Eliot Middleton, owner and operator of Middleton’s Village BBQ in Awendaw South Carolina, spends his spare time fixing up donated junk cars through his nonprofit so that he can turn around and give them to people in his community who need them.
Awendaw has no reliable public transportation, and Uber does not operate there.
If people in his community have physical ailments, small children, or live far from where they work, it can be very challenging for them to get around if they don't have cars.
"You don't have a car; you don't have a career. How will people who have no reliable buses, no Ubers, travel to the city, where they would be able to find bigger jobs at the port authorities or manufacturing centers?" Eliot said when interviewed. "They can't walk 40, 50, 60 miles to great jobs— they have to settle for small-end jobs that pay well below what they need to survive. Giving someone a car can change all that, and it does change all that," he added. "I want to help everybody looking to better themselves when transportation is what's holding them back."
His story attracted national coverage. If you're looking to feel a little better about the general public and humanity, read on!
Before his story went viral, Middleton had donated 32 cars to families in his community since last September. But after the video was shared hundreds of thousands of times on social media? Middleton’s personal charity exploded.
Donations flooded in from all across the country, including more than 800 cars. His Gofundme page is sitting at $134,000.
Middleton was humbled by the experience, feeling the glow that comes from realizing that humanity is not so bad after all.
“Whatever glowing feeling is inside me, it just transferred from that TV screen and went inside them,” he said. “It’s soul-soothing.”
His sister is also helping to organize responses, you can respond or donate through his Facebook page at Middleton’s Village To Village Foundation.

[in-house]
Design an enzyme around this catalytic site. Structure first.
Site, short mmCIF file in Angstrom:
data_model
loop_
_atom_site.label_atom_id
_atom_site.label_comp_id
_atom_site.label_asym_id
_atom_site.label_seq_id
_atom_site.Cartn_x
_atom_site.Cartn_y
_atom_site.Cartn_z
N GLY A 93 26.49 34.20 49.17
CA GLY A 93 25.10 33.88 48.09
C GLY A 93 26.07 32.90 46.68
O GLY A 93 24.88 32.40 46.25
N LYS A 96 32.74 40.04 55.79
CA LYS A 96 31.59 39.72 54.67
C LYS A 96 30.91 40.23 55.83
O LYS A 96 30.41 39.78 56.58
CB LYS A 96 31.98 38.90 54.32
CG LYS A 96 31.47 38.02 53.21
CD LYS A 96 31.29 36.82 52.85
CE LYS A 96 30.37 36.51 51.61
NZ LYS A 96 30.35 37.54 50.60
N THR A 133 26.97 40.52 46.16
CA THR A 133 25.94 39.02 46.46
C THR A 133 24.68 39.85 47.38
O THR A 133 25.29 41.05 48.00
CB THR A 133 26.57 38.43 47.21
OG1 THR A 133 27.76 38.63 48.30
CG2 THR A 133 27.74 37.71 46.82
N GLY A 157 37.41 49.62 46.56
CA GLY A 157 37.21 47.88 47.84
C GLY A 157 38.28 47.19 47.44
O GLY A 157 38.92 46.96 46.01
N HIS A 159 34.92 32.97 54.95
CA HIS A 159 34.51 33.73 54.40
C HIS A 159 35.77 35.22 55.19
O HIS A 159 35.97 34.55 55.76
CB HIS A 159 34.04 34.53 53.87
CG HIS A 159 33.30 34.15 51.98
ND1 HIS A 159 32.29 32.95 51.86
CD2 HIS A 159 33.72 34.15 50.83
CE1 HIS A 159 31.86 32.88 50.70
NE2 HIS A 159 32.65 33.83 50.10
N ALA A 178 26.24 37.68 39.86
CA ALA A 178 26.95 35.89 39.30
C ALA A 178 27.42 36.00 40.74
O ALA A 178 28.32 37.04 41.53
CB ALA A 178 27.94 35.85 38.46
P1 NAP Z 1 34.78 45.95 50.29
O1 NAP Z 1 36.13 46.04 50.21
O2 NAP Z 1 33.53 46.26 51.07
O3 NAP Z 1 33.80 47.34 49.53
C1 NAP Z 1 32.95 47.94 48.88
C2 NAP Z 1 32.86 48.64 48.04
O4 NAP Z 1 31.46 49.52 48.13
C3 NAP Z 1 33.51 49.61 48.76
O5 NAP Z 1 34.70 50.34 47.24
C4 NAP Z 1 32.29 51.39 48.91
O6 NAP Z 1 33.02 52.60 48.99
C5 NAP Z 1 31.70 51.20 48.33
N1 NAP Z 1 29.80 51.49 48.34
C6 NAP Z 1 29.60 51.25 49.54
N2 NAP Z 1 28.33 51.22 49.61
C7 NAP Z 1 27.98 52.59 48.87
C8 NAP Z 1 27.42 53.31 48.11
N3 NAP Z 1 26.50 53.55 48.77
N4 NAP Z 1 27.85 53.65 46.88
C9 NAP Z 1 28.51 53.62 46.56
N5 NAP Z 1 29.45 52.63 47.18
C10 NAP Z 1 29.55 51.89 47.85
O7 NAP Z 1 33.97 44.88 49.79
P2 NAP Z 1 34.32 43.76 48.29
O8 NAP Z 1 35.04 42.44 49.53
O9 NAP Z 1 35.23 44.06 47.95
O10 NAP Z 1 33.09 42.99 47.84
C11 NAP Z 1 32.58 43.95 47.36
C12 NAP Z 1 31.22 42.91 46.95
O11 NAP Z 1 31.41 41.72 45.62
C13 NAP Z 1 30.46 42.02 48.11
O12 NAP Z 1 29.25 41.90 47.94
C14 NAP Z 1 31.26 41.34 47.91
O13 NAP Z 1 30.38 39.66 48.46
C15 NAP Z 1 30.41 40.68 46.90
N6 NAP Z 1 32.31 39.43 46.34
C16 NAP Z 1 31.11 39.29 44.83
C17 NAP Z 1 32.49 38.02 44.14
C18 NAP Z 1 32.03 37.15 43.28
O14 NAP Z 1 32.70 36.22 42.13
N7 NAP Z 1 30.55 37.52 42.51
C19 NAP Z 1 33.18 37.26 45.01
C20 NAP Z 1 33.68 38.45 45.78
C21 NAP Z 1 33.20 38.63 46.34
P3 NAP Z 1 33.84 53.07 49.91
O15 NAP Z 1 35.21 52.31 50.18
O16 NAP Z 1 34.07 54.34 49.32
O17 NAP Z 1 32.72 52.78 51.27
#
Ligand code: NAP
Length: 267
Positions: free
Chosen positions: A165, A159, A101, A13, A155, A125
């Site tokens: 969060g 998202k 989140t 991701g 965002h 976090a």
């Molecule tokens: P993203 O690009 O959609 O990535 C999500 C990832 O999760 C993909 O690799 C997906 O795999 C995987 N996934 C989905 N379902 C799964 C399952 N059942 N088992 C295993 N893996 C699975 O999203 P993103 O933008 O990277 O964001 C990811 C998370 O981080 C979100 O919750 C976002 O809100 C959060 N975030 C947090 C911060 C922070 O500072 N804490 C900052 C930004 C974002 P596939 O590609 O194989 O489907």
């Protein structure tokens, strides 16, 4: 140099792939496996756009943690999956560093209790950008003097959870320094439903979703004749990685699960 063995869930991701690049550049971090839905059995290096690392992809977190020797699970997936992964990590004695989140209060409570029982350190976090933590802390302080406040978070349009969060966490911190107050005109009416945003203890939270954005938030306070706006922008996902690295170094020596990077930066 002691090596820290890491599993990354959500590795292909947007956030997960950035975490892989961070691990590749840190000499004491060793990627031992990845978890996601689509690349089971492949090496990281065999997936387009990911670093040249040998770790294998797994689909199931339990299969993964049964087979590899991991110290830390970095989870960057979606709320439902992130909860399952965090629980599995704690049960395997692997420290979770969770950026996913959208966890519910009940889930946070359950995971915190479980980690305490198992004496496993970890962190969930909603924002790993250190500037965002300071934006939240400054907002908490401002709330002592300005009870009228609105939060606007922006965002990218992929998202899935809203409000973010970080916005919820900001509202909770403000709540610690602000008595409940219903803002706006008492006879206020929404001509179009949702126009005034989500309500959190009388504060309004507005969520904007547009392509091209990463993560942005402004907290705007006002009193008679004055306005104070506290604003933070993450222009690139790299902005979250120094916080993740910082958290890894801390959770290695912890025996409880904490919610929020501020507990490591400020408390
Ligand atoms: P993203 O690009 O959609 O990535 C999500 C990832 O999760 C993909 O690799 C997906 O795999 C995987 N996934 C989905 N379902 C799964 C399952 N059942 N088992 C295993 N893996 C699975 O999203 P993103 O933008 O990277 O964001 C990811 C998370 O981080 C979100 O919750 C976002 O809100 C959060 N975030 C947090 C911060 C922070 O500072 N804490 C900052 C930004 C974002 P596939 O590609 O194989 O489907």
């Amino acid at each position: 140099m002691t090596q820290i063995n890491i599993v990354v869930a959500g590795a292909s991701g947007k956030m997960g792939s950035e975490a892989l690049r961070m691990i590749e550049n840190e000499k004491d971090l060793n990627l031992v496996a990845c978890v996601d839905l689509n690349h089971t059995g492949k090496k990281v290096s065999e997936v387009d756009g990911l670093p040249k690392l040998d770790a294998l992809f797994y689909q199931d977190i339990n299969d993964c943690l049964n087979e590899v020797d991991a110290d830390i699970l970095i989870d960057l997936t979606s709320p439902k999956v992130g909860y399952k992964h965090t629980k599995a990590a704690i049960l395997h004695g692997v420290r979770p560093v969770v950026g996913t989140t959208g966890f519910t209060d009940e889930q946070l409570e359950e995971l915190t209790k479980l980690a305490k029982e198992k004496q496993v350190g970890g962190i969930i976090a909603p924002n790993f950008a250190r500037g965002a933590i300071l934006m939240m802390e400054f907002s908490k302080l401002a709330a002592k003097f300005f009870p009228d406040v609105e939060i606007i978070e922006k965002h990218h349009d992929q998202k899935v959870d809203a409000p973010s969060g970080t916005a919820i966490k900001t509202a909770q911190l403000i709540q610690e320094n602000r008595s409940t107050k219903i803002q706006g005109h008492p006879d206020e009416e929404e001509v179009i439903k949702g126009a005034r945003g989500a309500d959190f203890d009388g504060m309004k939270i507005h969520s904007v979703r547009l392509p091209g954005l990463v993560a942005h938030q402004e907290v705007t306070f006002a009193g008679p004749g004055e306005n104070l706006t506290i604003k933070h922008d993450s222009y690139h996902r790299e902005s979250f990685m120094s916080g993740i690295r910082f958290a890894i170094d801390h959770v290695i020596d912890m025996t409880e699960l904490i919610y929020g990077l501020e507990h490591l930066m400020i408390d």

Now in his late thirties, Middleton looks fondly on learning how to fix cars from his father. He and his father operated a mechanic shop for 17 years, before his father passed away suddenly in February of last year. It took Elliot only seven months to begin repairing cars for neighbors and strangers. According to Elliot, it's his way of healing.
"I like working on cars with a lot of problems because that's my time to relate to my father, speak with him, because that's what we've always done together," he said. "It makes me feel like he's right there. It's helping me as much as it's helping the people, I give the cars to because this is allowing me to cope with the fact that my dad's not here anymore."
This modern hero is going to be able to do a lot of good, because of the goodness of humanity. He also has a deep understanding of what makes humanity tick, an understanding of the importance of community.
"A lot of people turn to their pastors or psychiatrists to open up about their situations, but others turn to their communities," Eliot said. "That's what I'm here for, to always be here for my community whether it's for advice or to talk or fix up cars for them. I'll always be taking care of my people."
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